lil wayne

Lil Wayne Believes Racism Is Over, But Also Knows That It Isn’t

2016 Budweiser Made In America Festival - Day 1
Photo: Shareif Ziyadat/WireImage

Lil Wayne appeared on the Fox Sports One program Skip and Shannon: Undisputed and ended up giving a very cogent yet confusing interview about his experience with racism. Wayne was asked about his position on the national-anthem-protest wave catalyzed by Colin Kaepernick in the NFL, who has been kneeling on the ground during the “Star Spangled Banner” in response to mistreatment of people of color. It got confusing because, while he spoke thoughtfully and deliberately on the issue, his whole answer was framed around the fact that he has no idea what’s going on. “I’m not into it enough to even give an opinion, so when he did it I really — somebody had to tell me why he was doing it,” explained Wayne. “That’s how much I didn’t know what was going on, and I kind of still don’t. So somebody gonna have to explain it to me like ‘Oh hey, he kneeling because of the Black Lives Matter thing and because of’ — that whole wave just went by me too fast for me to try to give an opinion.”

The rapper was not flippant or aloof, and he was very aware that his comments could be perceived as dismissive of Kaepernick’s actions. It’s just that, in Wayne’s whole lifetime, he has apparently never, not once, experienced racial disenfranchisement. When co-host Skip Bayless asked Wayne where America stands in terms of race relations, he responded with, “Skip, they wouldn’t want to ask me that. They wouldn’t want my answer to represent it, because God knows I have been nothing but blessed. My whole path, these 33 years, have been nothing but a blessing. I have never — and never is a strong word — never dealt with racism, and I’m glad I didn’t have to. And I don’t know if it’s because of my blessings, I don’t know, but it is my reality. So I would have to say not only that I thought it was over, but that I still believe it’s over. But obviously it isn’t.” He added that he considered the massive number of white patrons at his concerts to be proof that we are living in a post-race America, saying, “I don’t want to be bashed cause I don’t want to sound like I’m on the wrong — if there is a side — but I thought that was clearly a sign that there was no such thing as racism. That’s what I thought that was. I thought that was a perfect example.”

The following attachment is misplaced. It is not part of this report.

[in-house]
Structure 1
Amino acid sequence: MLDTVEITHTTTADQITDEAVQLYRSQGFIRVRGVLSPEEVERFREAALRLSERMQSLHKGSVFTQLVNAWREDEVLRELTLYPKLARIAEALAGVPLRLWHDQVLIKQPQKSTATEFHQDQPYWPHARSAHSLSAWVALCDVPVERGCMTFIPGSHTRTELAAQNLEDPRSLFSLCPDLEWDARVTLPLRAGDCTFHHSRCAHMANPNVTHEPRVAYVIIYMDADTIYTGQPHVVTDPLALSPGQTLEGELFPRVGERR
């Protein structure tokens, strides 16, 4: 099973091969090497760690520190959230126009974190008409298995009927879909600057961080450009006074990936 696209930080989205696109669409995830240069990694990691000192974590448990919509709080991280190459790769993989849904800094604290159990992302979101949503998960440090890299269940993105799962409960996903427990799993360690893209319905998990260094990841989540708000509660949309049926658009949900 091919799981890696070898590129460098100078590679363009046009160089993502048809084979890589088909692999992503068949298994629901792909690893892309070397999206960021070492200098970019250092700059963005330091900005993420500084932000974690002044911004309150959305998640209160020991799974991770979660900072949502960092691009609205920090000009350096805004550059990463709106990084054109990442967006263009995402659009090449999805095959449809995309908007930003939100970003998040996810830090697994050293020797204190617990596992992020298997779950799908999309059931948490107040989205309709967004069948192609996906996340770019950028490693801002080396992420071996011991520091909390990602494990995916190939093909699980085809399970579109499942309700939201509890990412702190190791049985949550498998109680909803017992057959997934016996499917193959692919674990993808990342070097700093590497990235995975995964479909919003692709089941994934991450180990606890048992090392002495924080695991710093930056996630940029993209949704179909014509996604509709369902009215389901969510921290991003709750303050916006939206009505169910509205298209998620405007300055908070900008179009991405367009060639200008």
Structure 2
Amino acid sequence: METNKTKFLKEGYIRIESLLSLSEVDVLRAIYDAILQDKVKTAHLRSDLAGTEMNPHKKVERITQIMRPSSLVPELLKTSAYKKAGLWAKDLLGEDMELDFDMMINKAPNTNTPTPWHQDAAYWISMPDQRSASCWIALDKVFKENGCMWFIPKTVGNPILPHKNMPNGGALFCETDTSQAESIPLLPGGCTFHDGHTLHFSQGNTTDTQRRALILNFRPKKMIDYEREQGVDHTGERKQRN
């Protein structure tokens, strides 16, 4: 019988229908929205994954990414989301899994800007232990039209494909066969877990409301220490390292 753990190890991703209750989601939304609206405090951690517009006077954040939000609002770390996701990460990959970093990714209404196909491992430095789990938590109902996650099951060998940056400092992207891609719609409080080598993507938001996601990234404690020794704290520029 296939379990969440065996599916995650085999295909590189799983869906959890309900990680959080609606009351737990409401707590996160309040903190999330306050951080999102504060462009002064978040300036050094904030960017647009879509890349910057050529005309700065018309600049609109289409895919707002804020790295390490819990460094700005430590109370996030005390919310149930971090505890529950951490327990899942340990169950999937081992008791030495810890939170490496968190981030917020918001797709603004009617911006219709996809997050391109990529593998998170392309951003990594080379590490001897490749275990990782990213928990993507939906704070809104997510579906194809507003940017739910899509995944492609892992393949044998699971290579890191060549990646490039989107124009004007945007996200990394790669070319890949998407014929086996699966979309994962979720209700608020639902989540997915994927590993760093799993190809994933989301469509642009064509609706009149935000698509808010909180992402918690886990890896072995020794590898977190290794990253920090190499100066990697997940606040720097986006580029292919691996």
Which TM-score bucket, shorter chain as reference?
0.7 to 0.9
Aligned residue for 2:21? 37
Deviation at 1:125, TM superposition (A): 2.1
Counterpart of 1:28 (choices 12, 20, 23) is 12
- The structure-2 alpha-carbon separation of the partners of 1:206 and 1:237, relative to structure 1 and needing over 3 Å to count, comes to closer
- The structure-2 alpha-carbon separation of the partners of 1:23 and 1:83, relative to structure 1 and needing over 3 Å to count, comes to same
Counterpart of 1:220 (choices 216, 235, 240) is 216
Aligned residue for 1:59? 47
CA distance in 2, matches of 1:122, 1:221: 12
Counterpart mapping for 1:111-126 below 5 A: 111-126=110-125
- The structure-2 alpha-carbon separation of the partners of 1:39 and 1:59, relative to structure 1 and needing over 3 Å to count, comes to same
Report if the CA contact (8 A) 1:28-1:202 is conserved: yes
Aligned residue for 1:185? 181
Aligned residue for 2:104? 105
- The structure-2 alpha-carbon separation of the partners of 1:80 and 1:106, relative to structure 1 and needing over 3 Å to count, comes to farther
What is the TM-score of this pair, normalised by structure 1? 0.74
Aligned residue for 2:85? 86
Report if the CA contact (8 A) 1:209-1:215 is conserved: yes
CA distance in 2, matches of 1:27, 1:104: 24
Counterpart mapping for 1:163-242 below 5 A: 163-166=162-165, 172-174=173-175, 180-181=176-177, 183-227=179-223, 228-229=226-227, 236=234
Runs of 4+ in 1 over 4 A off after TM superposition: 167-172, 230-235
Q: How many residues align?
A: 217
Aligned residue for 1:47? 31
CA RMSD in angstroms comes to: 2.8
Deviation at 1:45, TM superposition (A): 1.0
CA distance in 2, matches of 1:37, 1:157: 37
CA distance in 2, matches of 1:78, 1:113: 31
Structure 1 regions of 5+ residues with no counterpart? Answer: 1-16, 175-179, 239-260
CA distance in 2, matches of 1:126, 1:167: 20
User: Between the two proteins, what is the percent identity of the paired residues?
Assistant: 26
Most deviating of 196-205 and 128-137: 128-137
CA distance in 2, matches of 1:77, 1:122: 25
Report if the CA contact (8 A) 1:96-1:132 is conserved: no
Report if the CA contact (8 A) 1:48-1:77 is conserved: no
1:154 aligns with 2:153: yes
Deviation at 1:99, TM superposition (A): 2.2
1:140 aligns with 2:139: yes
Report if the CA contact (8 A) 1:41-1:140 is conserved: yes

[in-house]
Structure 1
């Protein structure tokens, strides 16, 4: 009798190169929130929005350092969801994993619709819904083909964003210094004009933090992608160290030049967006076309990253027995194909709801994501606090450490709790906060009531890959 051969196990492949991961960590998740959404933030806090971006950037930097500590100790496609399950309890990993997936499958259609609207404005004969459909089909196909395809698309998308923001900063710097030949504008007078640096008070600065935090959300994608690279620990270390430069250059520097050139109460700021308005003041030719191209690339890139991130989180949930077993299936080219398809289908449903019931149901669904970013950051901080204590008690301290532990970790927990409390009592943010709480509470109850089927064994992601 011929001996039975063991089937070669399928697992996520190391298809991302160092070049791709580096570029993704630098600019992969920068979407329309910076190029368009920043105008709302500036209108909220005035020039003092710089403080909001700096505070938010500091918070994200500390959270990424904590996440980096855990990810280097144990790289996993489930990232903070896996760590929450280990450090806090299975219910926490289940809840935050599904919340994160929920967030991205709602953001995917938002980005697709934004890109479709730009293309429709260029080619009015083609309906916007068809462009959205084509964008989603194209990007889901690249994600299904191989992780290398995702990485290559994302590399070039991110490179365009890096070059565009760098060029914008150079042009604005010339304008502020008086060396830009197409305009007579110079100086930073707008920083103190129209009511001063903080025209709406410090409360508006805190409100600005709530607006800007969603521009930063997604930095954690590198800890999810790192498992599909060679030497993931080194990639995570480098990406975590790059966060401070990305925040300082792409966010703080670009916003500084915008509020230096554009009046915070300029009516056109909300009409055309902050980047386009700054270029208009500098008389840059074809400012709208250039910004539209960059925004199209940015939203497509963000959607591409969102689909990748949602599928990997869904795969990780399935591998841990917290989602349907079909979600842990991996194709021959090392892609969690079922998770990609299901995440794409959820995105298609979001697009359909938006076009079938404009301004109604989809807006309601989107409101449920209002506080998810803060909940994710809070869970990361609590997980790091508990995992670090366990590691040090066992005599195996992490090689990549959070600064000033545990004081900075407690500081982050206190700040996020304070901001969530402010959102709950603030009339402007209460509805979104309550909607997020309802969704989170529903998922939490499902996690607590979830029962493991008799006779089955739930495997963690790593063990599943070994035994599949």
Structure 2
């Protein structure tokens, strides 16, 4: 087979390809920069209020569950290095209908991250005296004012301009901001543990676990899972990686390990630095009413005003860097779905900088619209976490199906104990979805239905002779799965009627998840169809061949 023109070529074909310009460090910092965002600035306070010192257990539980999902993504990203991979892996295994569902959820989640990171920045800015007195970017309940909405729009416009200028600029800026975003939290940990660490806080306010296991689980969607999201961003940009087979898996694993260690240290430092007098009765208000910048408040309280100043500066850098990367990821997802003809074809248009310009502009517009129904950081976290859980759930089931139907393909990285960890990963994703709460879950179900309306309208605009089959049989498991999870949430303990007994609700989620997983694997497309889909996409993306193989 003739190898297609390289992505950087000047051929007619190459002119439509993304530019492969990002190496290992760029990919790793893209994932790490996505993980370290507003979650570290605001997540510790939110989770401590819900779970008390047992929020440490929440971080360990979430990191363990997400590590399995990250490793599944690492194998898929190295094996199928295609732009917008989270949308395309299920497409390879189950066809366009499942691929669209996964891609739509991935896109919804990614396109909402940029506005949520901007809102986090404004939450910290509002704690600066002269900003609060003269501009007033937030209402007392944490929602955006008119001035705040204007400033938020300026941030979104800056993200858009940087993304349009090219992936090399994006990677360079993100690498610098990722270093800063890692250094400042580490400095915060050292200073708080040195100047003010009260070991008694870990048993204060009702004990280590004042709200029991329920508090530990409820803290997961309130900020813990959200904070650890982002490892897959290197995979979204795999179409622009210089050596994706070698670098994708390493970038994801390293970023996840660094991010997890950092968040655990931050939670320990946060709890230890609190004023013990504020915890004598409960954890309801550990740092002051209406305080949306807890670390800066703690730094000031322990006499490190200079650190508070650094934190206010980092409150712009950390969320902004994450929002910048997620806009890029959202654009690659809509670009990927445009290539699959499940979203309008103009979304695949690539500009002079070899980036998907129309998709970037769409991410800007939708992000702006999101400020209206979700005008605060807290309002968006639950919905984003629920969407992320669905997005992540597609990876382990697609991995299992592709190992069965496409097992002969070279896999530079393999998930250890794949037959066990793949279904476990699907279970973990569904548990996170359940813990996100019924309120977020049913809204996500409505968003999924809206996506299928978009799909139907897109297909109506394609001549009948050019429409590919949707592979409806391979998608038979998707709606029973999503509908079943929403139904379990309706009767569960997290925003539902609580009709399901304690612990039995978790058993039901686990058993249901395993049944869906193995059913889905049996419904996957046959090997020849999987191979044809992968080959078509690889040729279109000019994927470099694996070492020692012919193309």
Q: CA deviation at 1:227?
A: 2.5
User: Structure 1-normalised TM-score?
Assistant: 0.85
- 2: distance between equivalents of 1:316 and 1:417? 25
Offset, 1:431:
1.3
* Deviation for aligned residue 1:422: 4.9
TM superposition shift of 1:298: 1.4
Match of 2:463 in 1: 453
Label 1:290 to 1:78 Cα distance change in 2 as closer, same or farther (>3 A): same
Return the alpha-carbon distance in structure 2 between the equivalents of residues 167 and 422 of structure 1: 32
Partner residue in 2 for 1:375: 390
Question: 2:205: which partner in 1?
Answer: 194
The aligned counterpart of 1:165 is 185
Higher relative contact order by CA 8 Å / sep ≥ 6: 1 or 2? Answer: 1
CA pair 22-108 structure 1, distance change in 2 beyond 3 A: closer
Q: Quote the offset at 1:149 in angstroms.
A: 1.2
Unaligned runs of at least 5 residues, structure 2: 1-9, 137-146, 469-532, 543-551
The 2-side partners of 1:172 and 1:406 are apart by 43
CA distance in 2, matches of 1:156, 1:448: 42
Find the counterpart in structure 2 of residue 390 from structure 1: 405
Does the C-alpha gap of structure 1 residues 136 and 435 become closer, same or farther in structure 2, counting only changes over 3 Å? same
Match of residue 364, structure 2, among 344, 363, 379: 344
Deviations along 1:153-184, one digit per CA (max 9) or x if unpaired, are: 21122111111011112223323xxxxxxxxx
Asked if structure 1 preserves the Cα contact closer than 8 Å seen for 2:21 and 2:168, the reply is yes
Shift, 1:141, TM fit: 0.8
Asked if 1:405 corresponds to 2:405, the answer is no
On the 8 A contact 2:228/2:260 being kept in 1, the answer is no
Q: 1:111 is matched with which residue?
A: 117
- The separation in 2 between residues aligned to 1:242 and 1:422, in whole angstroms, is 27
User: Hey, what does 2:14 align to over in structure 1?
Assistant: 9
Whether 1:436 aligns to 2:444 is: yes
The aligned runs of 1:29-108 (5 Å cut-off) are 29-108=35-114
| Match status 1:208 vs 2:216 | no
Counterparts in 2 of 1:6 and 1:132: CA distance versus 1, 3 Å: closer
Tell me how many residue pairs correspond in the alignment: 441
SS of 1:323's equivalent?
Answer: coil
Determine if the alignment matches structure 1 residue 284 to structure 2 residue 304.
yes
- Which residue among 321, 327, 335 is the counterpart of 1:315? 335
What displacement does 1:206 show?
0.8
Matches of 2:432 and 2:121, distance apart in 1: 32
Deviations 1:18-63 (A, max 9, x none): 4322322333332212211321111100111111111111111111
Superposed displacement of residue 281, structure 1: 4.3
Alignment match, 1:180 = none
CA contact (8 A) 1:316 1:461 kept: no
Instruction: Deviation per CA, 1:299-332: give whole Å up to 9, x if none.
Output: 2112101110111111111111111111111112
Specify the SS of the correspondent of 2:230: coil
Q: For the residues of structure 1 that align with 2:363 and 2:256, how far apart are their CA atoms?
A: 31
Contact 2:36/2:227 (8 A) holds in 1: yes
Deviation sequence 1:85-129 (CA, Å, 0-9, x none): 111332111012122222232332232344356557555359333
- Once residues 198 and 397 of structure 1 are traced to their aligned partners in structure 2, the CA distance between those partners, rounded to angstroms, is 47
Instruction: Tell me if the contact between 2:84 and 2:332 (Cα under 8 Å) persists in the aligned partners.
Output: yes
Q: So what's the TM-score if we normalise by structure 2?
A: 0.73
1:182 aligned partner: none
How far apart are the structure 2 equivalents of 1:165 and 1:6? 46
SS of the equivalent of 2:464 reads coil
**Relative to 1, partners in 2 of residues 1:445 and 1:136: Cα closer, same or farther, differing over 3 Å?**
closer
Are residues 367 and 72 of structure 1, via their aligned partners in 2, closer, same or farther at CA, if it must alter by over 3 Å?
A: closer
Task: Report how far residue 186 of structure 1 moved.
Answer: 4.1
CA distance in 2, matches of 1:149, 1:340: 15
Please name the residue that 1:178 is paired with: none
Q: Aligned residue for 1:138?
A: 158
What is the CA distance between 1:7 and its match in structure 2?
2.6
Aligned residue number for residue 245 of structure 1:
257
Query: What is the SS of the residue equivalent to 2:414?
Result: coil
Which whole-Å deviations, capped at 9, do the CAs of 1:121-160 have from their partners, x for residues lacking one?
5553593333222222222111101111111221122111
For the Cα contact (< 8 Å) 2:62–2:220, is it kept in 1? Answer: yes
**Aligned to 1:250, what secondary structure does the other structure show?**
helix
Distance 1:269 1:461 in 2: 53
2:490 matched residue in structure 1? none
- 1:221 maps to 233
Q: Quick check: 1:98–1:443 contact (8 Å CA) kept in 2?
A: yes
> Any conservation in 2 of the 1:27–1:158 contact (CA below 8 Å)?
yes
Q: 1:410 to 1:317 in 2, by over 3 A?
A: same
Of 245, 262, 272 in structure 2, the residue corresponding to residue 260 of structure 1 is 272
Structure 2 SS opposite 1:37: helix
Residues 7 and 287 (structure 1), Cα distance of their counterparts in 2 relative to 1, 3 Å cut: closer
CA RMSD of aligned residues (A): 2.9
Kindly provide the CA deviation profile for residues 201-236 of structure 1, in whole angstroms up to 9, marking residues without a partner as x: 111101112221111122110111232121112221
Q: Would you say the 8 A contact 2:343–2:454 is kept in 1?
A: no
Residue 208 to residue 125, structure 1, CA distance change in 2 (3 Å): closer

In the event that a hypothetical problem of institutional racism did exist, Wayne agreed that we can only reach a solution if everyone comes together to find one. But as far as his personal struggle goes, Wayne explained that his entire focus is his kids, and that everything else is basically just noise: “That’s my nation. That’s my flag. That’s my world. That’s my protest. That’s my don’t protest. That’s all that matters, those four kids to me.” Co-host Shannon Sharpe praised Wayne for giving his honest response and for not appropriating hardships he has not experienced, and but did politely assure him racism is alive and well, even if he has been fortunate enough to never encounter it. “I’m 48 years old from rural south Georgia, and if you don’t think it’s alive and well, check my timeline,” said Sharpe. “Racism is real. He knows it’s real, although he hasn’t experienced it.”

So, it sounds like Lil Wayne’s life really is pouring bottles of Champagne on phones with his friends, just because he can.


Lil Wayne Believes Racism Is Over — Kind Of?